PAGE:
Lecturer in Japanese and Korean Studies
Holly Stephens received her Ph.D. in History from the University of Pennsylvania in 2017. As a historian of Korea and Japan, her research interests range widely to include economic history, agriculture, empire, everyday life, village organizations, and the emergence of the modern state. Her current monograph project—Empire by Association: The Re-Organization of the Rural Economy in Modern Korea—examines the changes to Korean agriculture from the late nineteenth century through the colonial period amidst immense political upheaval. Using previously unexamined farmers’ diaries, the project traces the formation and operation of new agricultural organizations that linked Korean farmers to regional and global markets, as new ideas about the state’s role in the economy and the adoption of scientific farming methods combined to transform agricultural production.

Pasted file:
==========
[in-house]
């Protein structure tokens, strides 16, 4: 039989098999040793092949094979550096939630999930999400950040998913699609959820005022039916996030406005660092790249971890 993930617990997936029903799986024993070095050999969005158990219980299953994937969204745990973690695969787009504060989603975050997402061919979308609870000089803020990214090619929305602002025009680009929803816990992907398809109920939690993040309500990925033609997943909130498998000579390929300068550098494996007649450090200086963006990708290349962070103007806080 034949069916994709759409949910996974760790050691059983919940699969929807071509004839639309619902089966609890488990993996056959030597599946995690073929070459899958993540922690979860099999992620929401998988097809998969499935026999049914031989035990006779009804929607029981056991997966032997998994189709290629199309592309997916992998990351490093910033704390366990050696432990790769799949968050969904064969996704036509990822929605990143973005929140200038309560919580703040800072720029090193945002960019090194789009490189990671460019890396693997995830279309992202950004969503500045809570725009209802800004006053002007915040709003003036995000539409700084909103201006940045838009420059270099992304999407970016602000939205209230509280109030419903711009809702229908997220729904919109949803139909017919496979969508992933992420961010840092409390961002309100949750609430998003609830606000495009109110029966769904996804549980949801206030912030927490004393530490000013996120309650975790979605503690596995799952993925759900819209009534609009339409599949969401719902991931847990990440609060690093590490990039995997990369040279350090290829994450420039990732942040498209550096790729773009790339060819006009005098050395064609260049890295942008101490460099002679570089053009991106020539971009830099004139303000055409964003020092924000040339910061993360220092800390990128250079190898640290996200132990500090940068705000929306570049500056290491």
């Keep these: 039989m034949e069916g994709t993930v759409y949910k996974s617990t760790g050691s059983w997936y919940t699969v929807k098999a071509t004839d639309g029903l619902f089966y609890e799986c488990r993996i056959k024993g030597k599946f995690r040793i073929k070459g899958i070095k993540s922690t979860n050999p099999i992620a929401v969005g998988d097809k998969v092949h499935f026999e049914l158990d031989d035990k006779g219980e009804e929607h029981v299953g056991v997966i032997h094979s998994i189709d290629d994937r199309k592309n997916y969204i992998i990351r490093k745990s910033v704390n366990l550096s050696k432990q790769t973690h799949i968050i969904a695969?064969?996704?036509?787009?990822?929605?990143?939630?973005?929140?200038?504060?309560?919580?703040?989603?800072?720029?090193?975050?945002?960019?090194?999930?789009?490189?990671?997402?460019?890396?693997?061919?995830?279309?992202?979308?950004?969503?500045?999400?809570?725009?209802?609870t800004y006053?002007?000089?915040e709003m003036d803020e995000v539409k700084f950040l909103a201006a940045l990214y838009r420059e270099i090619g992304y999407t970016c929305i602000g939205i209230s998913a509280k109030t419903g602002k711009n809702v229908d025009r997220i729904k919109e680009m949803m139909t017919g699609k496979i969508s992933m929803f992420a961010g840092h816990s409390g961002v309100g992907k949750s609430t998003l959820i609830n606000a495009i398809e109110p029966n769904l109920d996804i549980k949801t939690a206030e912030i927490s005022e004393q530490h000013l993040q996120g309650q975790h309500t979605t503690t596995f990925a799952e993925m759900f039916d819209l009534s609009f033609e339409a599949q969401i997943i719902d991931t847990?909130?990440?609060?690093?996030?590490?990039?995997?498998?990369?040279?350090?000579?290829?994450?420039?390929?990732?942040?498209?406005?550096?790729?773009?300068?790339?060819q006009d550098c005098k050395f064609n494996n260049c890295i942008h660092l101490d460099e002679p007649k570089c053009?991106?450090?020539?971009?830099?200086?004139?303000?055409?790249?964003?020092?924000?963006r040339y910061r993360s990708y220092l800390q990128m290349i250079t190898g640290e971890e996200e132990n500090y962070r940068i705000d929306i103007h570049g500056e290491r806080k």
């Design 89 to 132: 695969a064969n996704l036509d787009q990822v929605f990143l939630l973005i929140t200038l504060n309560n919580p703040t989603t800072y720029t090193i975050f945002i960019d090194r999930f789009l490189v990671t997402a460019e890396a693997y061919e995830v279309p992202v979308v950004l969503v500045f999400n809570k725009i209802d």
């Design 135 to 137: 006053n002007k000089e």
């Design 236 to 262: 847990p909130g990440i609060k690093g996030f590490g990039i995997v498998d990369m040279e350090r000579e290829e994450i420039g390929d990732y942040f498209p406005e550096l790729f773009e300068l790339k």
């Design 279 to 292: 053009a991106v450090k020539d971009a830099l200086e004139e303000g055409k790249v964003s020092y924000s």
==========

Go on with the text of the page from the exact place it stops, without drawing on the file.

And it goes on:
Before joining the University of Edinburgh, Holly was a Postdoctoral Associate at the Council on East Asian Studies, Yale University.
Holly's current researcch interests include:
- History of everyday life in Japan and Korea
- Economic history
- History of agriculture
- Capitalism and empire
- Cooperatives and economic cooperation
- Intellectual history of economic thought
Diaries in Economic History: Toward a Comparative Study of Korea and Europe
Research output: Contribution to Conference › Paper (Published)
Rice cycles and price cycles: Local knowledge and global trade in Korea, 1870-1933
Journal of the History of Economic Thought
Research output: Contribution to Journal › Article (Accepted/In press)
Three reforming regimes?: Modernity and the fiscal state in modern Korean history
Seoul Journal of Korean Studies, vol. 32, pp. 109-146
Research output: Contribution to Journal › Article (Published)
From Miracle to Mirage: The Making and Unmaking of the Korean Middle Class, 1960—2015. By Myungji Yang.
Journal of East Asian Studies, vol. 19, pp. 131-132
Research output: Contribution to Journal › Book/Film/Article review (Published)